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Using Breakpoints

During a debugging session, CodeLite can set breakpoints, temporary breakpoints and watchpoints. These can be conditional, ignored or disabled, and can be associated with command-lists. Breakpoints can be set by file/line-number, function or memory address.

Setting Breakpoints

Setting Breakpoints by line-number

This is the commonest type of breakpoint, and there are three ways to set one. The easiest is to click on the left margin of that line, just to the right of the line-number. This creates a new breakpoint on that line. Clicking on a line which already has a breakpoint deletes the breakpoint. Exactly the same could be done by using the Debug > Toggle Breakpoint menuitem, or the associated shortcut, F9 by default.

Breakpoint-icon context menu

Another way is via the margin's context menu. As well as adding a normal breakpoint, this also lets you add a temporary or a conditional one. If, as shown, the right-click was over an existing breakpoint, there are also options to remove, ignore, edit and disable that breakpoint.

The third way to add a line-number breakpoint is from the Breakpoints tab of the Debugger pane, as described below.

A breakpoint on a line is indicated by an icon in the margin. There are icons for each type of breakpoint:

A standard breakpoint

A standard breakpoint, disabled

A conditional breakpoint. It will be grey if disabled.

A breakpoint with commands. It will be grey if disabled.

An ignored breakpoint

A breakpoint icon's tooltip displays information about the breakpoint e.g. its condition or commands.

Setting other types of Breakpoint

Setting a breakpoint on a function or at a memory address can only be done from the 'Create a breakpoint...' dialog. To run this dialog, click the 'Add' button in the Breakpoints tab of the Debugger Pane.

This dialog lets you add a breakpoint by line-number/file as above, or by function e.g. MyClass::Foo or memory e.g. 0x12345678. At the same time you can add any condition e.g. n<2, and/or commands to run when the breakpoint is hit. You can also make the breakpoint be disabled, temporary, or set its ignore level.

This dialog has informative tooltips, to help you set more complex breakpoints correctly.

Editing Breakpoints

If you right-click over a breakpoint symbol, the resulting context menu allows you to set the 'ignore' level of the breakpoint and to disable/enable it.

You can also edit a breakpoint using a version of the 'Create a breakpoint...' dialog. To obtain this, choose 'Edit' from the breakpoint's context menu, or right-click the breakpoint's entry in the Breakpoints tab of the Debugger Pane, or select it in that tab and click 'Edit'. The dialog is identical to the 'Create' one, except that there's an extra option of disabling/enabling the breakpoint.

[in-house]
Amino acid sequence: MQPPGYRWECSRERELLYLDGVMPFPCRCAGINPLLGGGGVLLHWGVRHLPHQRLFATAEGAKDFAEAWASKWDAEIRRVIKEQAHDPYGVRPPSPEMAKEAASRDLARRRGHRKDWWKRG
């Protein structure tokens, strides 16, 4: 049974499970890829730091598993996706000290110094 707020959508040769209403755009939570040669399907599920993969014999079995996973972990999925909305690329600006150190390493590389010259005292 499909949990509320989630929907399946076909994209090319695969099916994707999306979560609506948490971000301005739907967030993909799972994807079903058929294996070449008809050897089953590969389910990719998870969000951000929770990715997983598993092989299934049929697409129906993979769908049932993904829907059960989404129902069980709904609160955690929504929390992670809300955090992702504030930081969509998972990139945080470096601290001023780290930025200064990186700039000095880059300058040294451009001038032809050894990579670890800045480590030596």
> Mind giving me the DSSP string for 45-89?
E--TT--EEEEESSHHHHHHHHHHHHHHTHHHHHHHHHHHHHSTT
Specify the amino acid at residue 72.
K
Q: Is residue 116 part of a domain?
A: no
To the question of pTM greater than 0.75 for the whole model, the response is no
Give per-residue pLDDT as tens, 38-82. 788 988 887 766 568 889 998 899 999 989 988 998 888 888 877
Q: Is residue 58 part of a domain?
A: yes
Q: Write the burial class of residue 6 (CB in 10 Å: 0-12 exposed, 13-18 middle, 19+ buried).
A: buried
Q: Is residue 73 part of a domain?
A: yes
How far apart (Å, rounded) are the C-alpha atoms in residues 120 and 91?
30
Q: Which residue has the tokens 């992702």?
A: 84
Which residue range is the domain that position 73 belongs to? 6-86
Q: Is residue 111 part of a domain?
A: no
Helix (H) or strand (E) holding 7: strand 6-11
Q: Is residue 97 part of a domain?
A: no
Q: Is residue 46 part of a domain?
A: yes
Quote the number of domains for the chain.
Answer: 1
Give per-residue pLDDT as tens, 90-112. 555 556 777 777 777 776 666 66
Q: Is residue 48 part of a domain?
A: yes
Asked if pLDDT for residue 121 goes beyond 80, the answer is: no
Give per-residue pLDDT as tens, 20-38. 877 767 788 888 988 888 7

You can create and edit a breakpoint even before the debugger starts. Similarly, existing breakpoints will remembered by CodeLite when the debugging session finishes; indeed they are serialised.

If you have a breakpoint, and you need it on a different line, you can move it there by drag-and-drop, using Shift+Left-button. That's not particularly exciting if it's just a standard breakpoint (it would have been at least as easy to delete it and create a new one); but if the breakpoint has complicated commands or conditions, it saves you having to enter these again.

You may wish to set breakpoints inside a shared library that will be loaded by your program. In theory, you can warn gdb that you're doing this by checking the Enable pending breakpoints box in the Debugger Settings dialog; in practice this doesn't always work. So CodeLite stores any breakpoints that gdb can't apply; when this happens, an extra button appears in the Breakpoints tab of the Debugger Pane, Set Pending. Clicking this tells gdb to try again; if it succeeds, the button will disappear again and the breakpoint entries and markers will become visible.


A watchpoint is similar to a breakpoint but, instead of breaking when that code is hit, it breaks when a variable (or an area of memory) is changed or accessed (see for more information).

You can only set a watchpoint from the 'Create a breakpoint...' dialog as described above. Use the wxChoice at the top of the dialog to create a watchpoint instead. Again the tooltips should be helpful.

Note that the most common situation for wanting to use a watchpoint is to watch for alterations to a variable. However, as soon as that variable loses scope, gdb deletes the watchpoint. This makes it difficult to watch a local variable.

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Page last modified on January 20, 2014, at 06:44 PM